The Great Recession has had a lasting impact on New Jersey public education, with funding rates struggling to return to prerecession levels, according to a new analysis by the Federal Reserve Bank of New York.
Marshalling a treasure trove of data, Federal Reserve economists Rajashri Chakrabarti and Max Livingston demonstrate that per-pupil funding had not climbed back to 2008 levels. What’s more, funding gaps for New Jersey schools are wider than they would be had they continued to grow at prerecession rates.
The report, “Still Not Out of the Woods? New Jersey Schools During the Recession and Beyond,” indicates that instructional spending was ultimately the hardest hit, citing Camden as one of the districts that suffered the most severe cuts.
ìNew Jersey school districts’ funding and expenditures showed sharp cuts after the recession and have not recovered in the years after,î reads the report. “Instead, the gap between the prerecession trend and the actual reality has grown over time.î
The report, which works with data through 2012, comes out as Gov. Chris Christie repeatedly boasts as part of his reelection campaign that state aid to schools is at the highest levels in New Jersey’s history.
“No one disputes the fact that the Great Recession has forced every level of government to control spending,” Michael Yaple, spokesman for the state Department of Education, said yesterday in response to the report.
“But let’s be clear: New Jersey’s current state funding for public schools is the most in history. Ever.”
Chakrabarti and Livingston do not contest that state aid has clawed back after steep cuts in 2010-2011, but say that state and local spending overall have not returned to prerecession growth rates. Chakrabarti conducted a similar study of New Jersey in 2012, and recently completed one for New York as well.
The latest New Jersey report says that the federal stimulus in the first year of the recession helped buttress the initial downturn in 2010, but Christie followed with a $1 billion cut in aid, and local districts have yet to recover.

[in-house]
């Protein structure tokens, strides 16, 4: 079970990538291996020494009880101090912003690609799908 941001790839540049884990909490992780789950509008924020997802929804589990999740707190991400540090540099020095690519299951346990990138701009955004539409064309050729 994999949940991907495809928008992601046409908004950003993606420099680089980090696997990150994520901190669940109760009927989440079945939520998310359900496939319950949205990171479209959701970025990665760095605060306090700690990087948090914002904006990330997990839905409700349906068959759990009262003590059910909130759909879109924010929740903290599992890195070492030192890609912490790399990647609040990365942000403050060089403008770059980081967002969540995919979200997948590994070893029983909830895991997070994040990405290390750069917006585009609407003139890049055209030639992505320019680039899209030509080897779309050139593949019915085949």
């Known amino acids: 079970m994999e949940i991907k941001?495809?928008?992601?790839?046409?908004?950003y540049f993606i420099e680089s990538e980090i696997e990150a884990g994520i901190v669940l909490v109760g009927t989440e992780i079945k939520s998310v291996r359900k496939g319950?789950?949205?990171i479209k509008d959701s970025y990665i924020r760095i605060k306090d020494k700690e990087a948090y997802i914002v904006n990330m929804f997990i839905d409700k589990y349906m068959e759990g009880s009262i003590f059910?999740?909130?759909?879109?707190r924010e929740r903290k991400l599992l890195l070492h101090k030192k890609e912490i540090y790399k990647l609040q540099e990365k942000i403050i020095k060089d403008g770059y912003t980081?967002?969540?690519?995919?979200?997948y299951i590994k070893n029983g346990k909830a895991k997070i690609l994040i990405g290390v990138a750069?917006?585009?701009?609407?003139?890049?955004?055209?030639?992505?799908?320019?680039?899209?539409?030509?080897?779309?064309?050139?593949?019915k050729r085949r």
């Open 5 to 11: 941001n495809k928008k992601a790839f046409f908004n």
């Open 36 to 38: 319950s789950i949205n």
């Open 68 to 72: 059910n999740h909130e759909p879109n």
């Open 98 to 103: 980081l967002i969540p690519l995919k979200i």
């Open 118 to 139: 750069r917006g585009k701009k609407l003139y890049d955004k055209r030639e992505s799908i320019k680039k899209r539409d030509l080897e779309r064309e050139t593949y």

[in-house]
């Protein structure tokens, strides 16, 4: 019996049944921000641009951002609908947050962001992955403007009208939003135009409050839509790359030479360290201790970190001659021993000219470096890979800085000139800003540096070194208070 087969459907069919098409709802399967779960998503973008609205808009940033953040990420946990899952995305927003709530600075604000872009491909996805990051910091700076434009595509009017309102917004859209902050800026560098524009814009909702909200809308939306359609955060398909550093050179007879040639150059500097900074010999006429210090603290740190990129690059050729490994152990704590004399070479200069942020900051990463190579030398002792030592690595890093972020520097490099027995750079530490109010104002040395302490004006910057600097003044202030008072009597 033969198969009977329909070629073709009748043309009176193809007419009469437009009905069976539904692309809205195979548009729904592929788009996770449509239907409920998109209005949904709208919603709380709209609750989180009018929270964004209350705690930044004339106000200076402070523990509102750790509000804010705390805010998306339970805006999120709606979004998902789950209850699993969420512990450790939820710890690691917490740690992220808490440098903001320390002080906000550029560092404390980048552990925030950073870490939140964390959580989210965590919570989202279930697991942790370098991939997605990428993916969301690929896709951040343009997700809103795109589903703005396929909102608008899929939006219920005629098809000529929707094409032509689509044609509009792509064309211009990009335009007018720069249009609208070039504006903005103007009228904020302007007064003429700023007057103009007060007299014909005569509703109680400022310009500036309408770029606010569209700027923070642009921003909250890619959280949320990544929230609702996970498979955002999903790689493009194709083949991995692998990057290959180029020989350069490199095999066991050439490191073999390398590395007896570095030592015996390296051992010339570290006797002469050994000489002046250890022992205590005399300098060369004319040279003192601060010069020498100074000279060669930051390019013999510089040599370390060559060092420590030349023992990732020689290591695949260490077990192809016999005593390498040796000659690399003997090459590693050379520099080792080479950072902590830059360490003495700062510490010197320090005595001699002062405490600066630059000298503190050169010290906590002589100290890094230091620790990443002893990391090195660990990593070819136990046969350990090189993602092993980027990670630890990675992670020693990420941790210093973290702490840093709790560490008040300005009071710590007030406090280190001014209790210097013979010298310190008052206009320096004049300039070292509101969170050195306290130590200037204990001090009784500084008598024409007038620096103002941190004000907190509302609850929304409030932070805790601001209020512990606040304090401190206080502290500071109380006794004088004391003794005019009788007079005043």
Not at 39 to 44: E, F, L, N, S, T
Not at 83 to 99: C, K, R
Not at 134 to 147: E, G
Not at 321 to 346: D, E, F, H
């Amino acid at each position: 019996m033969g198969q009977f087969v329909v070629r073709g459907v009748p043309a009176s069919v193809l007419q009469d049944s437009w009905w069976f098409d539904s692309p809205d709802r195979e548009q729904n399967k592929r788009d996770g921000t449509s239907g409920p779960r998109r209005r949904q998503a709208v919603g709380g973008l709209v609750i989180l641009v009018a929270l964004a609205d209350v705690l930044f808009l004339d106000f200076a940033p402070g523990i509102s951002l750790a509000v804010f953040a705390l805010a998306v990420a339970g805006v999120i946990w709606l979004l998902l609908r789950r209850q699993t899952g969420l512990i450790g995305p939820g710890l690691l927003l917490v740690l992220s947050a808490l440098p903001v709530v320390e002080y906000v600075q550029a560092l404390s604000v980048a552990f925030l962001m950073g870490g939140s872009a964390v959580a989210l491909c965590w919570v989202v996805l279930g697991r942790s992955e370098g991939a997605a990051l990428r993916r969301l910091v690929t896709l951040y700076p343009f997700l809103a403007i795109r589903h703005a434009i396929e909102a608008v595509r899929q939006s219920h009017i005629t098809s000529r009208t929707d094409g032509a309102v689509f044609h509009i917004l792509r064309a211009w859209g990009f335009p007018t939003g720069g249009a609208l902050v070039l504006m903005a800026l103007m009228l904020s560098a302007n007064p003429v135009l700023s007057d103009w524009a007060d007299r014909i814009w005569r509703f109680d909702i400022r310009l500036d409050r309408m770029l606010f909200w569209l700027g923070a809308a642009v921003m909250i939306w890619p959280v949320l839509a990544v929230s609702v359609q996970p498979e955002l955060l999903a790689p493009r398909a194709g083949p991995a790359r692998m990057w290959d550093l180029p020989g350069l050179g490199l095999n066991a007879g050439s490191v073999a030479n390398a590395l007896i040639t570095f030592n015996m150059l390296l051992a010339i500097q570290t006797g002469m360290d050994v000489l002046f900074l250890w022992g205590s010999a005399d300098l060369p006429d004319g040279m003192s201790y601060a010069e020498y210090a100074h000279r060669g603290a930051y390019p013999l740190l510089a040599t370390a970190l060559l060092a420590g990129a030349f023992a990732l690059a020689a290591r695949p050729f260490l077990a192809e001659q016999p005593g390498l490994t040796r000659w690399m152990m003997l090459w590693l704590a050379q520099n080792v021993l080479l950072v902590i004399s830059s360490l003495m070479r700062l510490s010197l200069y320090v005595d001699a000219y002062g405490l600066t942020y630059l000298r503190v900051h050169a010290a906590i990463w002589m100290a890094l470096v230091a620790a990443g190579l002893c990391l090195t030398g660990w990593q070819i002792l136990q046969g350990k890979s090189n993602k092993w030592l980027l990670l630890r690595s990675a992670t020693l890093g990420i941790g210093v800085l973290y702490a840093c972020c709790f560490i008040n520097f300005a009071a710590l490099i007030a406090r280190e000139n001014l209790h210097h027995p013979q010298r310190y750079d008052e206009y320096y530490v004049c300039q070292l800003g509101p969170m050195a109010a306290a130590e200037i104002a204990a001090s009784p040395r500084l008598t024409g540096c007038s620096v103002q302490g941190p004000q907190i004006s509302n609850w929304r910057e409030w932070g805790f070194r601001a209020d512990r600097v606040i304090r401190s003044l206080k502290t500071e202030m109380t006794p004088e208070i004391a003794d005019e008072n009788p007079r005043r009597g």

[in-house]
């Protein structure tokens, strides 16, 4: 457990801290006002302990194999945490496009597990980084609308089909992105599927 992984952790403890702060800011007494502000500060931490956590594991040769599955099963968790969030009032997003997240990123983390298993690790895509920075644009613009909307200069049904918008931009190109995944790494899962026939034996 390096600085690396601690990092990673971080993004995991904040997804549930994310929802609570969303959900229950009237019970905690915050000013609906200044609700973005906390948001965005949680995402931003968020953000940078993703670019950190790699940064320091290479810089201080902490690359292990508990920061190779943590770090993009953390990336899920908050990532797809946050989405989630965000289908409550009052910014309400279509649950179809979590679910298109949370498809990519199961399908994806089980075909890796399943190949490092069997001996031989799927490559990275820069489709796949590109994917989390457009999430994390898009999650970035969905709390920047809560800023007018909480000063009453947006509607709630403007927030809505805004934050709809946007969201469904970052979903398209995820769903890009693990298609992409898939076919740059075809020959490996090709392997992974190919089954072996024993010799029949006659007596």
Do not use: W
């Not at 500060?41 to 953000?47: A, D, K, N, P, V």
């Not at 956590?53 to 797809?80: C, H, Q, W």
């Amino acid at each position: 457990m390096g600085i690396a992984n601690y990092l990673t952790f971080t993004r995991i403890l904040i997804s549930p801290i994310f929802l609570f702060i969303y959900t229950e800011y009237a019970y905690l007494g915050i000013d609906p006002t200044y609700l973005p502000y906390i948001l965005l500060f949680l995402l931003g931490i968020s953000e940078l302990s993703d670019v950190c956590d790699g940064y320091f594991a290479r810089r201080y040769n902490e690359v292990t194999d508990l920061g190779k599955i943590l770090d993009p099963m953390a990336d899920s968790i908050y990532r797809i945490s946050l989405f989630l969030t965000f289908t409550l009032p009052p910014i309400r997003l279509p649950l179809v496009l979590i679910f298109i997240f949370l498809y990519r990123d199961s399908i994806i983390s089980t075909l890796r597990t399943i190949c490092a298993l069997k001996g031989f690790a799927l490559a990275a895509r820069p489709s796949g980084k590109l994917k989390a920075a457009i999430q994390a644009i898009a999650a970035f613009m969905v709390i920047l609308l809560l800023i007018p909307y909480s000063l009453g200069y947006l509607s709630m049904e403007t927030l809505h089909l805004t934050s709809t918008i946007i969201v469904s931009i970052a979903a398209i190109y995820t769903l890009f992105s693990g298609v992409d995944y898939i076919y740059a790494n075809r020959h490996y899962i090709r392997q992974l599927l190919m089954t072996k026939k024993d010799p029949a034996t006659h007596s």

“The stimulus was successful as a stopgap, but after the funds were depleted, school districts were faced with a major budget crunch because the local economy had not yet recovered,” the report reads.
One surprising finding is that median salaries for teachers actually rose during this period. The authors attribute it to the layoff of mostly untenured teachers in 2011 and subsequent years, which left the more experienced and expensive teachers in place.
By looking at districts’ median teacher salaries and experience levels, we are able to see a pattern of growth in median teacher salaries and experience, suggesting that the districts resorted to laying off the less senior (or untenured) teachers,î the report says.
For instance, in Bridgewater-Raritan Regional School District . . . all 225 nontenured teachers received nonrenewal notices in 2010,î it asserts. ìHalf of Newark’s 942 nontenured teachers were laid off.î
The authors withhold judgment as to whether the drawdown in spending will effect student achievement. They also hold out hope that conditions are improving.
“While we do not know yet what effect these spending cuts will have on educational
outcomes, it is clear that districts are facing many hardships and difficulties in supporting their activities and operation,” the report reads. “Cuts to instruction, student activities, and social services can potentially affect students in harmful ways.”
“As economic conditions improve, school finance conditions (both funding and spending) are expected to ease,” they added. “It remains to be seen how long this
return will take.”